Western Europe is a hotbed of P2P piracy, said the Entertainment Software Association in a press release earlier today.
The trade group, which represents the interests of U.S. video game publishers, included its findings as part of a report to the U.S. Trade Representative by the International Intellectual Property Alliance.
The ESA says that it studied P2P sharing of 13 popular game titles in December, and logged nearly 6.5 million illegal downloads. Italy was the leading offender, followed by Spain, France, Germany and Poland.
The ESA also indicated that it found "high demand" for console and handheld titles, which it says translates to "widespread availability of circumvention devices and game copiers in many leading markets."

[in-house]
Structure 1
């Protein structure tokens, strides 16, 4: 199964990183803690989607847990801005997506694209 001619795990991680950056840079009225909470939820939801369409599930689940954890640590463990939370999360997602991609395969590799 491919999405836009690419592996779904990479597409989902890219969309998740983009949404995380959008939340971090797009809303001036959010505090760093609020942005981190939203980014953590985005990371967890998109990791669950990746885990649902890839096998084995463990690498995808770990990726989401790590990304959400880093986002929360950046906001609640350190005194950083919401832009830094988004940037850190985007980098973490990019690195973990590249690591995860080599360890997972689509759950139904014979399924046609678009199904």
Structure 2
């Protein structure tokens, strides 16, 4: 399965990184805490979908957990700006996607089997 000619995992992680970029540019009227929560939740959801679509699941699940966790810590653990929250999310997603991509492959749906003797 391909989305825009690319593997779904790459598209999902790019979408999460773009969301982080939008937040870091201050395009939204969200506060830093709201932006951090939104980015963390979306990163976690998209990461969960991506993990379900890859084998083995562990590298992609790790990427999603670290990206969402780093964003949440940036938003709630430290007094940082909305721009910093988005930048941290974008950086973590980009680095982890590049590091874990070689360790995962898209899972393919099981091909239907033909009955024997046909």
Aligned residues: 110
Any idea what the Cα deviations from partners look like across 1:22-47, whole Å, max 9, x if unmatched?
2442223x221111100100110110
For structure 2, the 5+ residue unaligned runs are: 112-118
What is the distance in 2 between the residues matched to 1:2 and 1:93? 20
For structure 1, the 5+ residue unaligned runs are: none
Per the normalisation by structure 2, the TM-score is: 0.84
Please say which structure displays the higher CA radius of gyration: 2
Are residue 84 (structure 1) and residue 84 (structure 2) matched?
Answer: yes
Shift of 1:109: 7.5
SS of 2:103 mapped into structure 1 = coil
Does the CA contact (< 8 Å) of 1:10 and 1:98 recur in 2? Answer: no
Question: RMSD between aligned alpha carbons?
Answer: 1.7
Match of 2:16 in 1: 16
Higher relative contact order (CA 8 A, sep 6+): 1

Here's what the ESA had to say about Italy:
For a popular AAA racing title alone, Italy had close to 590,000 downloads... Telecom Italia’s networks were implicated in 11.6% of the completed downloads observed globally, making it the world’s most heavily utilized ISP in the course of the industry’s study... It was also found that with greater incidence of video game piracy through P2P networks, there appeared to be a corresponding and dramatic decrease in legitimate sales of entertainment software. Individual member company online monitoring confirms these trends.
The industry is also plagued by the easy availability online of circumvention devices, such as mod chips. This situation was exacerbated by a court decision in Bolzano, Italy, holding that mod chips were not illegal under Italian legislation implementing the EU Copyright Directive. Fortunately, the Supreme Court in 2006 reversed this court decision and found that circumvention devices are illegal under Italian law, but the damage was done and continues.